Tuesday, April 8, 2014

A Look at "Capes, Cowls, and Villains Foul"

Superhero RPG's: I like them and I have a lot of them. Ever since finding Champions circa 1982 I've been a fan of costumes, capes, and energy blasts in RPGs. Since we have a new big-time superhero movie out now I thought I would spend some time this week looking at some super games that aren't Champions, Mutants & Masterminds, or ICONS since those are the ones I talk about the most. There are a lot of them out there now and if you're at all interested in the subject there's bound to be one that hits the sweet spot for you.

Capes, Cowls, and Villains Foul is a set of rules released in 2012 by Spectrum Games, the company that brings us Cartoon Action Hour, among others. It's full color and 164 pages. There's a free quickstart version available here, the full version is here. I picked up the PDF a while back and thought I would share my thoughts.

First up: The game uses d12's and only d12's. That's an odd choice but I can work with it.

Character Creation:
There are four "parts" that make up a character, mechanically speaking:

  • Traits - these are your stats, skills, and powers and the recommended number is 5-12
  • Complications are what you might expect, aka disads or flaws
  • Editorial Control is hero points/fate points/bennies/determination
  • Factoids are sort of a boiled down background
Now this seems sort of FATE-ish but there are building points involved. Each Trait is ranked, with 1-4 being "Human", 5-8 being "Superhuman", and 9+ being "Cosmic" with point costs jumping at each tier. There are also various advantages and disadvantages that can be applies to each trait, changing the cost and the ways in which it can be used. These Traits are really the heart of a character and are wide open - examples given include strong, detective, robotic body, ruler of a small European country, flying car, revealing costume, wings, law enforcement contacts. Note that there is no big section on powers or abilities here - it's strictly up to the player to come up with their own choices.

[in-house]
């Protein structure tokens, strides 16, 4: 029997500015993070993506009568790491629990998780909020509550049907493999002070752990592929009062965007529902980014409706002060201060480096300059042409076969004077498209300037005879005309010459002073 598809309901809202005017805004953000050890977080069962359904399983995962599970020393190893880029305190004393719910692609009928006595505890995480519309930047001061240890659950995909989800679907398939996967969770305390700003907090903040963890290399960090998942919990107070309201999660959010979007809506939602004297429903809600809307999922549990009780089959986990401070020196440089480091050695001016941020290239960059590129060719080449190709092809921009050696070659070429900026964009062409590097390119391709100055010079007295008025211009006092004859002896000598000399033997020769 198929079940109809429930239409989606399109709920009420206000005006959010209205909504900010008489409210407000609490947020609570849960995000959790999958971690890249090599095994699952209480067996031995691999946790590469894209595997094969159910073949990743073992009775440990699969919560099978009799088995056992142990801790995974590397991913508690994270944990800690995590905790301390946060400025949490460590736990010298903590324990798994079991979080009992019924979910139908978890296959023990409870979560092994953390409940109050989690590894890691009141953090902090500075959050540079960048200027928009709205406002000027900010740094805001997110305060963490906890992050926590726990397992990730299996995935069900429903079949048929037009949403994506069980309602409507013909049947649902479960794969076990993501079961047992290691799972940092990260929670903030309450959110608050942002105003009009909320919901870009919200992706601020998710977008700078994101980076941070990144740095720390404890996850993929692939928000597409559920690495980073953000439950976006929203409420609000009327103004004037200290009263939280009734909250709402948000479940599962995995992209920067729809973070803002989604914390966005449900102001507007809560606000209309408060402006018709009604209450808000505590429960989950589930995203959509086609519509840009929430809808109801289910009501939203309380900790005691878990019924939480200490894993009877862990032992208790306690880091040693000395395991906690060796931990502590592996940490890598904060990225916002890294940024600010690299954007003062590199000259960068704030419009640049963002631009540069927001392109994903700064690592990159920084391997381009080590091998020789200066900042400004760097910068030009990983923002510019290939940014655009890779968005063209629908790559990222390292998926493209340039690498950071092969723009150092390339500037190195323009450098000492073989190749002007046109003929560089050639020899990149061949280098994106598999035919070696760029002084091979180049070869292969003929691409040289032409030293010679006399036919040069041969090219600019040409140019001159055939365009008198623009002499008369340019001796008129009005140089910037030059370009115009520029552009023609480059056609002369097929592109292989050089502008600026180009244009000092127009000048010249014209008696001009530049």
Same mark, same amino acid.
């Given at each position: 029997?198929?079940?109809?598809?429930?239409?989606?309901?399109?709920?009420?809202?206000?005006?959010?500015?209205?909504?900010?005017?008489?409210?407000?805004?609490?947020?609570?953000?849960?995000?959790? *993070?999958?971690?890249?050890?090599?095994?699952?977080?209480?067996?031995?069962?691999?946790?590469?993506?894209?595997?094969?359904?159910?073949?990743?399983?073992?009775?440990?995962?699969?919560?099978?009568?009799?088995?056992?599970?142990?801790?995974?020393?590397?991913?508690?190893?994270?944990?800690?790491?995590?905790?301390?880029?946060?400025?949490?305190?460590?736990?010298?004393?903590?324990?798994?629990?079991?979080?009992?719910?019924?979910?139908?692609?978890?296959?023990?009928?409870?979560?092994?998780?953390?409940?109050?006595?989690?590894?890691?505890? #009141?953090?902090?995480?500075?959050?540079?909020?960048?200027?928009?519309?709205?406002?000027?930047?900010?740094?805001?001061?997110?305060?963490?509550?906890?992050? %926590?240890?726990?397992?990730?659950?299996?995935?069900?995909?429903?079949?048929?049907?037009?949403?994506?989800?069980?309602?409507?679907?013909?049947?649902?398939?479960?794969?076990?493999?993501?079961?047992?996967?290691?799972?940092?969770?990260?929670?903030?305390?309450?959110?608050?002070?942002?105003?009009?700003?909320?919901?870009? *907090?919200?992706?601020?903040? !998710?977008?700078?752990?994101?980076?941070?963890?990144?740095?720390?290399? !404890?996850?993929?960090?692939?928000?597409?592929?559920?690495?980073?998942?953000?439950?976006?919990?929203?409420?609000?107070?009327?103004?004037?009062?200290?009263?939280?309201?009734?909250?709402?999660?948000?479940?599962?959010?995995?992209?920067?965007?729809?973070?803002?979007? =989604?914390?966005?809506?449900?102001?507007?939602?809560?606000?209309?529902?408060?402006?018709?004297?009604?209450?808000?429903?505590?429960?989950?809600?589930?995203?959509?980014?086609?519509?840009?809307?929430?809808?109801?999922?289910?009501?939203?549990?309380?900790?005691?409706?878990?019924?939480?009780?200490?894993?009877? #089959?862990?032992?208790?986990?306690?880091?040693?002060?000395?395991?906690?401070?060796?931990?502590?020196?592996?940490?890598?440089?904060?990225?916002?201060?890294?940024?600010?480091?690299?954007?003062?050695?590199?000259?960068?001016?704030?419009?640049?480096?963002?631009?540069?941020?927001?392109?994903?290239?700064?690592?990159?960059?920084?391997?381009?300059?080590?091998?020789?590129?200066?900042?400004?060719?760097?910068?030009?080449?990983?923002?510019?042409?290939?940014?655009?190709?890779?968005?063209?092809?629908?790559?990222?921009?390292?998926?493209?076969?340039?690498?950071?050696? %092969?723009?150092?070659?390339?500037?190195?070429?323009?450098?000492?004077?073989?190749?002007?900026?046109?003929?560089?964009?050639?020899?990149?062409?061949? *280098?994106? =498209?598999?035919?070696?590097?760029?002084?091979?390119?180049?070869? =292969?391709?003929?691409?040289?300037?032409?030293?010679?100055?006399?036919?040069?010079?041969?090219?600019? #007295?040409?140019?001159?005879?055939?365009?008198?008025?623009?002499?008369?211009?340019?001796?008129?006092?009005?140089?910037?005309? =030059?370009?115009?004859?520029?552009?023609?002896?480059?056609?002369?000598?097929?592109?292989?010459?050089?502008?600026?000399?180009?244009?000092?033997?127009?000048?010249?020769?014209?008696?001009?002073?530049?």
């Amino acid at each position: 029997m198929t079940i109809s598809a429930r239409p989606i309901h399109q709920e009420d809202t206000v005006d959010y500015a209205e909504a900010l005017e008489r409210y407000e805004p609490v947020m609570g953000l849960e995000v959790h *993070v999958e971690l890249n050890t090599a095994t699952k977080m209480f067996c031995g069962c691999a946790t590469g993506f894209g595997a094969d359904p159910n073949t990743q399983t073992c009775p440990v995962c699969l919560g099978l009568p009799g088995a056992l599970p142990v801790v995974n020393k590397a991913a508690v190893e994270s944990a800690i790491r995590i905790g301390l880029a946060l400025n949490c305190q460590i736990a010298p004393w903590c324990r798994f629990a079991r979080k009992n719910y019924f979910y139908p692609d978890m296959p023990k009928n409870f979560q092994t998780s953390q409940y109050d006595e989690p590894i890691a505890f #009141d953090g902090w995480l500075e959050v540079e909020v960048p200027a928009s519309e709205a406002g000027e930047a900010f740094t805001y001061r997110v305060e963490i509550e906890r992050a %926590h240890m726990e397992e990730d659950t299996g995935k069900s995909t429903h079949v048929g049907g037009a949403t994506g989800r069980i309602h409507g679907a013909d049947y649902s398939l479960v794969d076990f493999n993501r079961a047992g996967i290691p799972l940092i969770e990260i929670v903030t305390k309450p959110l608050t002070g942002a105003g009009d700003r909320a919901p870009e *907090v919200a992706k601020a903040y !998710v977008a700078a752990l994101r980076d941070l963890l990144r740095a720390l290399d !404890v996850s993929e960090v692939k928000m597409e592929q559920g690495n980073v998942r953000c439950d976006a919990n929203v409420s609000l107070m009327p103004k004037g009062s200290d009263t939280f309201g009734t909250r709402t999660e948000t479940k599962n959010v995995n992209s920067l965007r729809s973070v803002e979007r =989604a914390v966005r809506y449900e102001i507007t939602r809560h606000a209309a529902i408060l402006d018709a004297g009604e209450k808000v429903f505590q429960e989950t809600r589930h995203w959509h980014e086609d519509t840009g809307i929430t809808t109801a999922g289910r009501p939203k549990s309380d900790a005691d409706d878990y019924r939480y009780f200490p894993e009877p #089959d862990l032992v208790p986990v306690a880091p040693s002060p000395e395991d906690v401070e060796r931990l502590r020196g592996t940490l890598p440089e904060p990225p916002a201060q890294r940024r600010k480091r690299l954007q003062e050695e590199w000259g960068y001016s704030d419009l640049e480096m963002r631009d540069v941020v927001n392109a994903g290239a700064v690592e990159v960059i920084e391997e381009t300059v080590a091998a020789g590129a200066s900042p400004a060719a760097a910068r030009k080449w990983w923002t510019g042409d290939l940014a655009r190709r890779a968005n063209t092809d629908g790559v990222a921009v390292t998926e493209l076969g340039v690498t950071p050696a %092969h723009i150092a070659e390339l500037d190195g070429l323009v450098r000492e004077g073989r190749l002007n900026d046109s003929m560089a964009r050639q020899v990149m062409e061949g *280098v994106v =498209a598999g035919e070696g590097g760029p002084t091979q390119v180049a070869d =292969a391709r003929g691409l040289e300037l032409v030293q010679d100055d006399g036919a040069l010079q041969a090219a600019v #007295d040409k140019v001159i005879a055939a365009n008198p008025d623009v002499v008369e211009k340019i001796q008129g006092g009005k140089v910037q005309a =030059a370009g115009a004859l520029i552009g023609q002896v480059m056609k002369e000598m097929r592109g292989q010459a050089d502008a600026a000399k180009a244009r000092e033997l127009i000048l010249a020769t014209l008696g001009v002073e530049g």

Additionally, Complications can be activated (by the player or the GM) to give a point of "Editorial Control" . There is a list of ways control can be spent, requiring from 1-3 points to accomplish. It's fairly standard stuff like re-rolling a die, avoiding a KO, and modifying powers though the "saving a civilian" option is nicely genre-appropriate.There are other circumstantial ways to gain EC but this is the primary one built into the character.

Factoids are basically notes about a character that don't involve die rolls. These might be personality quirks or skills that one knows but are not combat-capable in. After reading through it I was thinking of them as comparable to Traveller's "0-level" skills.

Now after reading these in the first 40 pages of the book it all seemed a little fuzzy. How would I define my go-to superhero, the Amazing Aluminum Man in this system? Is "electrical control" too broad? Is "flight" better as a separate trait or would it be a part of the electrical thing? The whole thing is pretty loose and probably won't congeal until you've actually had a session with a group of players and a DM to help set some shared expectations. Fortunately there is a nice example of character creation that runs about 4 pages and hits all of the steps involved. I felt like it helped clarify things a great deal. I'd actually like to see more of these. There is only the one example walk-thru, but there are 20+ sample characters right after this that at least show some different completed examples. 

Sample character from the book
Taking Action
The resolution mechanic for using a Trait is 1d12 + Trait level vs. a set difficulty/target number or an opposed 1d12 + Trait. If the "attacker" beats the "defender" then the defender takes a "setback token". There are some wrinkles here:
  • Traits can have more than 1d12 associated with them. Most of the time this does not add together but creates a roll-multiples-and-choose-the-highest situation.
  • Traits can be "linked", such as using both your super-strength and your super-speed to really wallop someone, which will also add a die or an additional  fixed modifier to your roll.